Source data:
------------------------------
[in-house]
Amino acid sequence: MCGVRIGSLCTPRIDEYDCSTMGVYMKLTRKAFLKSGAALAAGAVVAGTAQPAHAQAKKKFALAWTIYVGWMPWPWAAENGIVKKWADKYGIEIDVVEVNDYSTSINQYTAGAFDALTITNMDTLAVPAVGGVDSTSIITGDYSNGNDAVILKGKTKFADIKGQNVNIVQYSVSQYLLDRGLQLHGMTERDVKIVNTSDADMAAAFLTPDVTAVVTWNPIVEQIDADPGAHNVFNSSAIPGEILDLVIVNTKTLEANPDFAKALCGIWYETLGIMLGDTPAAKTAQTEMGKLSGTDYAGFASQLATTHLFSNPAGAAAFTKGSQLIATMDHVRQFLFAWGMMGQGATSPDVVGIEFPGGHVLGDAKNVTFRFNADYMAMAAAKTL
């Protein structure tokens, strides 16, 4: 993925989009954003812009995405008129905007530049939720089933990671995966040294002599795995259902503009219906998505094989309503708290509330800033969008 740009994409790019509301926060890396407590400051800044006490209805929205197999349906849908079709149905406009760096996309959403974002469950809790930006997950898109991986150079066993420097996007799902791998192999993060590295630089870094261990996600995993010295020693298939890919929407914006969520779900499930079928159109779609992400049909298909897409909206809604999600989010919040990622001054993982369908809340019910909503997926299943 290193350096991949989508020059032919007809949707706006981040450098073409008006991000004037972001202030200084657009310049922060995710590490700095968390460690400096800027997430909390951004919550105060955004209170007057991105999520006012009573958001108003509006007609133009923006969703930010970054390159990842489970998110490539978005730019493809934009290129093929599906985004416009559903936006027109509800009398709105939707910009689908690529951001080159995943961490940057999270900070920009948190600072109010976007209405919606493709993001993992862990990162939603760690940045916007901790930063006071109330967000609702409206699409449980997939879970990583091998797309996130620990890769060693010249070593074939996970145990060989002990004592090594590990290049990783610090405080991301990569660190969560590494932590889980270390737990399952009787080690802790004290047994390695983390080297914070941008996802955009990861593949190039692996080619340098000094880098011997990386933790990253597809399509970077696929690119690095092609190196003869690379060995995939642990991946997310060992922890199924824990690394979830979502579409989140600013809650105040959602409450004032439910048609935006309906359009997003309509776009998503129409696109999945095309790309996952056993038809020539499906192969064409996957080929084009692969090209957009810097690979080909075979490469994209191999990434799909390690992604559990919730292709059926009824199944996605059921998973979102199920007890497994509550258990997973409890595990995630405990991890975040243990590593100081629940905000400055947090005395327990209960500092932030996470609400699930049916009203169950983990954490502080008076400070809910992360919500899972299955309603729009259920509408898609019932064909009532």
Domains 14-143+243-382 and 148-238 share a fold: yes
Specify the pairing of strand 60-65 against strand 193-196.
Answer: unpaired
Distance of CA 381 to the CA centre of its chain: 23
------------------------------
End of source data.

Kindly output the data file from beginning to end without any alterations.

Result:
[in-house]
Amino acid sequence: MCGVRIGSLCTPRIDEYDCSTMGVYMKLTRKAFLKSGAALAAGAVVAGTAQPAHAQAKKKFALAWTIYVGWMPWPWAAENGIVKKWADKYGIEIDVVEVNDYSTSINQYTAGAFDALTITNMDTLAVPAVGGVDSTSIITGDYSNGNDAVILKGKTKFADIKGQNVNIVQYSVSQYLLDRGLQLHGMTERDVKIVNTSDADMAAAFLTPDVTAVVTWNPIVEQIDADPGAHNVFNSSAIPGEILDLVIVNTKTLEANPDFAKALCGIWYETLGIMLGDTPAAKTAQTEMGKLSGTDYAGFASQLATTHLFSNPAGAAAFTKGSQLIATMDHVRQFLFAWGMMGQGATSPDVVGIEFPGGHVLGDAKNVTFRFNADYMAMAAAKTL
């Protein structure tokens, strides 16, 4: 993925989009954003812009995405008129905007530049939720089933990671995966040294002599795995259902503009219906998505094989309503708290509330800033969008 740009994409790019509301926060890396407590400051800044006490209805929205197999349906849908079709149905406009760096996309959403974002469950809790930006997950898109991986150079066993420097996007799902791998192999993060590295630089870094261990996600995993010295020693298939890919929407914006969520779900499930079928159109779609992400049909298909897409909206809604999600989010919040990622001054993982369908809340019910909503997926299943 290193350096991949989508020059032919007809949707706006981040450098073409008006991000004037972001202030200084657009310049922060995710590490700095968390460690400096800027997430909390951004919550105060955004209170007057991105999520006012009573958001108003509006007609133009923006969703930010970054390159990842489970998110490539978005730019493809934009290129093929599906985004416009559903936006027109509800009398709105939707910009689908690529951001080159995943961490940057999270900070920009948190600072109010976007209405919606493709993001993992862990990162939603760690940045916007901790930063006071109330967000609702409206699409449980997939879970990583091998797309996130620990890769060693010249070593074939996970145990060989002990004592090594590990290049990783610090405080991301990569660190969560590494932590889980270390737990399952009787080690802790004290047994390695983390080297914070941008996802955009990861593949190039692996080619340098000094880098011997990386933790990253597809399509970077696929690119690095092609190196003869690379060995995939642990991946997310060992922890199924824990690394979830979502579409989140600013809650105040959602409450004032439910048609935006309906359009997003309509776009998503129409696109999945095309790309996952056993038809020539499906192969064409996957080929084009692969090209957009810097690979080909075979490469994209191999990434799909390690992604559990919730292709059926009824199944996605059921998973979102199920007890497994509550258990997973409890595990995630405990991890975040243990590593100081629940905000400055947090005395327990209960500092932030996470609400699930049916009203169950983990954490502080008076400070809910992360919500899972299955309603729009259920509408898609019932064909009532």
Domains 14-143+243-382 and 148-238 share a fold: yes
Specify the pairing of strand 60-65 against strand 193-196.
Answer: unpaired
Distance of CA 381 to the CA centre of its chain: 23